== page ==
Wednesday, January 15, 2014

Underwater Weeds

I've recently rediscovered my love for aquariums.

A few years ago, I had a 65-gallon aquarium in my living room until one stormy winter night a neighbor's pine tree snapped in half and fell onto the power line that fed my house (ripping the power anchor off) and I was out of electricity for three days.

The temps that night were in the 30's. I had to net the fish out of the tank in the dark into a plastic bucket,  and then tried to keep them warm next to the gas range burner before transporting them to a friend's house, who coincidentally also didn't have power, but had a generator, so the fish heater could be plugged in again.

Earlier this year, I decided to try my hand at keeping fish indoors again, but this time in a much smaller way. I got a 6-gallon micro aquarium and I was going to keep shrimp.

There are several kinds of freshwater shrimp for aquariums. Some are a little more tricky (and more expensive) than others, but they are generally pretty hardy and fun and easy to keep.

A Cherry Shrimp and a group of Blood Worms chill'n.

Ghost Shrimp - Can you find him?
In the process of shrimp keeping and trying to maintain a small aquatic garden for them, what I have noticed is that I have to sometimes "weed" the tank. There are several ugly algae growing off the plants.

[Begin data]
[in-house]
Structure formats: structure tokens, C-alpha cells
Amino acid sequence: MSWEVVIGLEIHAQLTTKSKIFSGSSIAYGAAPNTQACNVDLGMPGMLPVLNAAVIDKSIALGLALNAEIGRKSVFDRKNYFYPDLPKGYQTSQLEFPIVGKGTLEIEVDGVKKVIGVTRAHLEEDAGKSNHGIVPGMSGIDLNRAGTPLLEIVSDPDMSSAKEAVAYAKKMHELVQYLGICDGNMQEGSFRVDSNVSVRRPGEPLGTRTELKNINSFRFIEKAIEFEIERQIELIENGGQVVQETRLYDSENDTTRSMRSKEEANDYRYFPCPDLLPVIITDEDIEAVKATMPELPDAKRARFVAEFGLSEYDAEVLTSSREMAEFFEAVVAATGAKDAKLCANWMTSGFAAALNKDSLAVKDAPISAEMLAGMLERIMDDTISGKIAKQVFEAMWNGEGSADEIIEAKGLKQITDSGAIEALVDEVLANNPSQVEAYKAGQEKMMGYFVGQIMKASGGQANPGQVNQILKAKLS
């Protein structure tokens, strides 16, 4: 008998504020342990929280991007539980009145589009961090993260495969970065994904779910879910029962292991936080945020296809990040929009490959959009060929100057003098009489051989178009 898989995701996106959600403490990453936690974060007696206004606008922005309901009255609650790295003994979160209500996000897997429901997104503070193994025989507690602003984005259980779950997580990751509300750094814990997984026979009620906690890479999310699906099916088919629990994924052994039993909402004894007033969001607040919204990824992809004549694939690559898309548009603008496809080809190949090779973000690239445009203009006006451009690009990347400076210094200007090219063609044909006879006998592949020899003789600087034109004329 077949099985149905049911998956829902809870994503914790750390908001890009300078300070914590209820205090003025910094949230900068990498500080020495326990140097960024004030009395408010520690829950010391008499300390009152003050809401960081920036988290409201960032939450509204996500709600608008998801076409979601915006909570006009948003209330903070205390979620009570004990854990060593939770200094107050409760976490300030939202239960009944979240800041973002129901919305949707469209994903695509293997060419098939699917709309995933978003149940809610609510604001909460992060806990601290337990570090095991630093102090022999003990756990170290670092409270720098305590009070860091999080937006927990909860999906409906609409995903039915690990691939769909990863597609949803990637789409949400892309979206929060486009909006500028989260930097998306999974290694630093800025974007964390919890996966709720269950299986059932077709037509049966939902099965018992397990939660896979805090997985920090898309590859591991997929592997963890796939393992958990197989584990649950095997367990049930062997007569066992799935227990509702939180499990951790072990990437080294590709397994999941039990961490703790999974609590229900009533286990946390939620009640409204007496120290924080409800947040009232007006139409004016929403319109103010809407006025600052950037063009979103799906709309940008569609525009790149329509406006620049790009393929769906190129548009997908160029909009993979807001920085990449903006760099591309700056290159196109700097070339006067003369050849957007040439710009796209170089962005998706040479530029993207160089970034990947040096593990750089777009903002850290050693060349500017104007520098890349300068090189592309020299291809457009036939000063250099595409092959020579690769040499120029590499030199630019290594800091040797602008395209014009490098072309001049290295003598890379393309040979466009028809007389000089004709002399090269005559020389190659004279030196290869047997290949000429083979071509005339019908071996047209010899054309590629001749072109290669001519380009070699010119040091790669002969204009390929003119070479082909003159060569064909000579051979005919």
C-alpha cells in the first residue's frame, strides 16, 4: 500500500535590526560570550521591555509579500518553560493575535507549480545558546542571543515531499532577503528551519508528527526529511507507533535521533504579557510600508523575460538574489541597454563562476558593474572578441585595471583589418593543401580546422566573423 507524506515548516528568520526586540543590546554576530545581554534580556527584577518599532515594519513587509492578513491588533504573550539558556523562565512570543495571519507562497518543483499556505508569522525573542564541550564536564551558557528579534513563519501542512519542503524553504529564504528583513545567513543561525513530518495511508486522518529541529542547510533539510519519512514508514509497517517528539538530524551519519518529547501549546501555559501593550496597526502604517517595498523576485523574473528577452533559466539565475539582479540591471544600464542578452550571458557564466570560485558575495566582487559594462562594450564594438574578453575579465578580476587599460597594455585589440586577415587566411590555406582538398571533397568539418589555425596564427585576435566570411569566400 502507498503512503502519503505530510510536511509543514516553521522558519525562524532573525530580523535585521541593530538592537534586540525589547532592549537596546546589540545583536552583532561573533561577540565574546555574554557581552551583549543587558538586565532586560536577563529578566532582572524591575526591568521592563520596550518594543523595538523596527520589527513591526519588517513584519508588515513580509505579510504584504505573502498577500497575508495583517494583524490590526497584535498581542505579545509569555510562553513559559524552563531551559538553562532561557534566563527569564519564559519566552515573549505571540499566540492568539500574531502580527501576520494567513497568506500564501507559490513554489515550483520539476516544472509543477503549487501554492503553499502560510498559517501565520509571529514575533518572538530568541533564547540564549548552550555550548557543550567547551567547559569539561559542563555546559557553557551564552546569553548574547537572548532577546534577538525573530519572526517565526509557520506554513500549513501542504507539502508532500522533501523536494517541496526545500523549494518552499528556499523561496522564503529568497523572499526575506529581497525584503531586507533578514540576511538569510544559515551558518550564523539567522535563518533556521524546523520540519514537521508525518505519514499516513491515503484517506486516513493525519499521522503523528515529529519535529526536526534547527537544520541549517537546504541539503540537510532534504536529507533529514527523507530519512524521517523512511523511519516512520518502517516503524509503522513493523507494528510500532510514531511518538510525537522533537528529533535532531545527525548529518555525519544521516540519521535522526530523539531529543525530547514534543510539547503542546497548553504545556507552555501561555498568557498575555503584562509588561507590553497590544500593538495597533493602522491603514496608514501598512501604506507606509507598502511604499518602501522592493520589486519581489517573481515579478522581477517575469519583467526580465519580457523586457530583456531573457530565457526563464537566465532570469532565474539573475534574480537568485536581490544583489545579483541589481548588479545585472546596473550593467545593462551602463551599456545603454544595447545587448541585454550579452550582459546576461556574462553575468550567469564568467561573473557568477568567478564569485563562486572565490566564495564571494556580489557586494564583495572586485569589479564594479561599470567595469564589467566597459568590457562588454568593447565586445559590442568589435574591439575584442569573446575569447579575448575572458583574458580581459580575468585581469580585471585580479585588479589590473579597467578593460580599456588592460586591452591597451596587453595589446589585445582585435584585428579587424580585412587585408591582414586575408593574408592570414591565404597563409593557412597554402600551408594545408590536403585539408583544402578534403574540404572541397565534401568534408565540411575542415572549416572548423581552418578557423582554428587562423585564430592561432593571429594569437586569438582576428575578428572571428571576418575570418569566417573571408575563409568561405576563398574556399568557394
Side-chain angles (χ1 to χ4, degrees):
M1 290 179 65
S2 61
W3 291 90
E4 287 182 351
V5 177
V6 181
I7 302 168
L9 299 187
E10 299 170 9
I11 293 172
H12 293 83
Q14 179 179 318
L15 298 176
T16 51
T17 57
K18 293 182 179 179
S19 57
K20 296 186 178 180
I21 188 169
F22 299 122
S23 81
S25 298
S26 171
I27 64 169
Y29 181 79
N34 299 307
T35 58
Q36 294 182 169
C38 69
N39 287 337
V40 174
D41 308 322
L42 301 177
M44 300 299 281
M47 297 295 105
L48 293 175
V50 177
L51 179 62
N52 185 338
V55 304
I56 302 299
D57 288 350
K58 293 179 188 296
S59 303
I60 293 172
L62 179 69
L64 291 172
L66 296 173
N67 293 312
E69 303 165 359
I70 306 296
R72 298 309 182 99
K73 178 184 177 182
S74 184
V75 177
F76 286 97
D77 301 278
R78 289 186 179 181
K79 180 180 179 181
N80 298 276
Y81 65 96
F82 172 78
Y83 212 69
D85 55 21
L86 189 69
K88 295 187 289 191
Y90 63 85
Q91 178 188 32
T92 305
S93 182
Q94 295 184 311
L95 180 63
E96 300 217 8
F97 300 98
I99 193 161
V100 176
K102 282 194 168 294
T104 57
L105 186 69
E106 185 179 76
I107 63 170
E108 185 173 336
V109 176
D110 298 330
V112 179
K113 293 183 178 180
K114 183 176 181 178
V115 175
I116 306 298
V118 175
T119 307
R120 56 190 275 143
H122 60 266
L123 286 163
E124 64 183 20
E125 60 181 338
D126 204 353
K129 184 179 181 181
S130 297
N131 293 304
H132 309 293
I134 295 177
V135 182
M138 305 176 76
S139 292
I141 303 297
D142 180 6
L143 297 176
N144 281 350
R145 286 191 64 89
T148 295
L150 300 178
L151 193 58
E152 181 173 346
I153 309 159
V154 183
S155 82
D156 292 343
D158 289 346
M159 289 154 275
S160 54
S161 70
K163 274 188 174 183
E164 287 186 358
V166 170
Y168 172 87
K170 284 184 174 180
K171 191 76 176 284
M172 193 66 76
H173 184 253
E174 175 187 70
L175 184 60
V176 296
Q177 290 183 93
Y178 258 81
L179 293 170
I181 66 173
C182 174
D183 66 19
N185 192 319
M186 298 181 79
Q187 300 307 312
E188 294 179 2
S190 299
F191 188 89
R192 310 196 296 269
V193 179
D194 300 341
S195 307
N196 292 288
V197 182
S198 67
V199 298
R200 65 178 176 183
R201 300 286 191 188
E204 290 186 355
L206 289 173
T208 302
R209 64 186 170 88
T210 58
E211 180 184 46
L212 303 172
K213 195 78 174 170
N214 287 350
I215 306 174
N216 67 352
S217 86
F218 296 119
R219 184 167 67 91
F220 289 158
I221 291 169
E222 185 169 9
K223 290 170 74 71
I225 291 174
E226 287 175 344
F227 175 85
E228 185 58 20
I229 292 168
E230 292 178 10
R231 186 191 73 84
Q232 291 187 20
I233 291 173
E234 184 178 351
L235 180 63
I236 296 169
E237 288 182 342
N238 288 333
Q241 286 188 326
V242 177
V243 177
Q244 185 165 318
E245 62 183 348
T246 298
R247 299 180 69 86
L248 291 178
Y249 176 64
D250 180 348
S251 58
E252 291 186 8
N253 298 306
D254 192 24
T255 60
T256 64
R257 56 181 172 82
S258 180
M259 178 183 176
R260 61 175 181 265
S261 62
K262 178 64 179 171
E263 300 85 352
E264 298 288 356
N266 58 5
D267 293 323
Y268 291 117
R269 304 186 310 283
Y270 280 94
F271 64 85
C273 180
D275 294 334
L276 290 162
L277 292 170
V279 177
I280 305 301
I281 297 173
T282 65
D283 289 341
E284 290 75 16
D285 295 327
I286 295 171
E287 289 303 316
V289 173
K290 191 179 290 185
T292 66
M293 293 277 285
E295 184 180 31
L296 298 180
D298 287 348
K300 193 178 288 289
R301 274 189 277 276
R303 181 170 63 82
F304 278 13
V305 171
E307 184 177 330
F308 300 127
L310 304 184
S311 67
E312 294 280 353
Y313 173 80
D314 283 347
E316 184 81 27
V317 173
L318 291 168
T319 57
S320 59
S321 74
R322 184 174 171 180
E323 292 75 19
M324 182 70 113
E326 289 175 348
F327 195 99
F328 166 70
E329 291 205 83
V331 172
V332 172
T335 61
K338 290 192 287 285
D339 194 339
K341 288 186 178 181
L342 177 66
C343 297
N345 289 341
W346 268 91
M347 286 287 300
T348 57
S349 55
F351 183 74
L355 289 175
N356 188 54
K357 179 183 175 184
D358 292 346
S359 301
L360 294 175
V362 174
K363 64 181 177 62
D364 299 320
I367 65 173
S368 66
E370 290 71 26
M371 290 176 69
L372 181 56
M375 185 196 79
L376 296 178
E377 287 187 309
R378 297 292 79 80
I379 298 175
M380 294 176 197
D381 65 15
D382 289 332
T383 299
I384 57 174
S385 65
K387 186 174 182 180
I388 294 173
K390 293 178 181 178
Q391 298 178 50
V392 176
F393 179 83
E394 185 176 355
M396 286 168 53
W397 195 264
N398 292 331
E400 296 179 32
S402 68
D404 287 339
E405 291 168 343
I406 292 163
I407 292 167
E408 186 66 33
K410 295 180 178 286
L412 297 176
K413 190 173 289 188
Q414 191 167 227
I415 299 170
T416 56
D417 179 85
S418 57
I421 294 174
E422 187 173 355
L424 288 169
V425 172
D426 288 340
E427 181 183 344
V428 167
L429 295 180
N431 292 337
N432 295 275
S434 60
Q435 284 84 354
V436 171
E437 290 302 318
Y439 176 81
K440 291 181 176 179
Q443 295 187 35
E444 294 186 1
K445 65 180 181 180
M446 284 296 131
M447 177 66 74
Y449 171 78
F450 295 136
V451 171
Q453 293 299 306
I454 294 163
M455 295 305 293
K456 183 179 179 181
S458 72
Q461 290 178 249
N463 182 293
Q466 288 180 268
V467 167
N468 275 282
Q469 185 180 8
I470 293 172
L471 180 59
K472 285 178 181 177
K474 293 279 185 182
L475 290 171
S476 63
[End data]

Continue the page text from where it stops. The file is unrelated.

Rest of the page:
I hoped the shrimp, snails, and/or algae-eater fish would take care of them, but alas, they're not on the menu.

Nerite Snails on the rock.


It is ironic that I happily murder slugs and snails in the garden, yet encourage and even purchase exotic ones for the aquarium in hopes that they will eat a bad weed algae. There are even snails that will eat other snails if you have too many in your tank. But you also have to be sure the snails you introduce won't eat your plants! Best to do your research ahead of time.

Bad "beard" algae? on aquatic moss.
Small pond snails cleaning a leaf of Anubias.
Liaeopsis 'Mauritius' (Micro Sword Narrow Leaf) far left. "Water Clover" center with bad algae.
I have an extra long pair of tweezers that I used to pull out and stick plants into the gravel. I also use my extra pair of kitchen scissors to remove the worst of the plants/leaves covered in algae periodically.

It's very much a hands-on sort of thing and you just have to pull up your sleeves and get wet.

1 comment:

  1. Thanks for the chuckle over purchasing exotic slugs. :)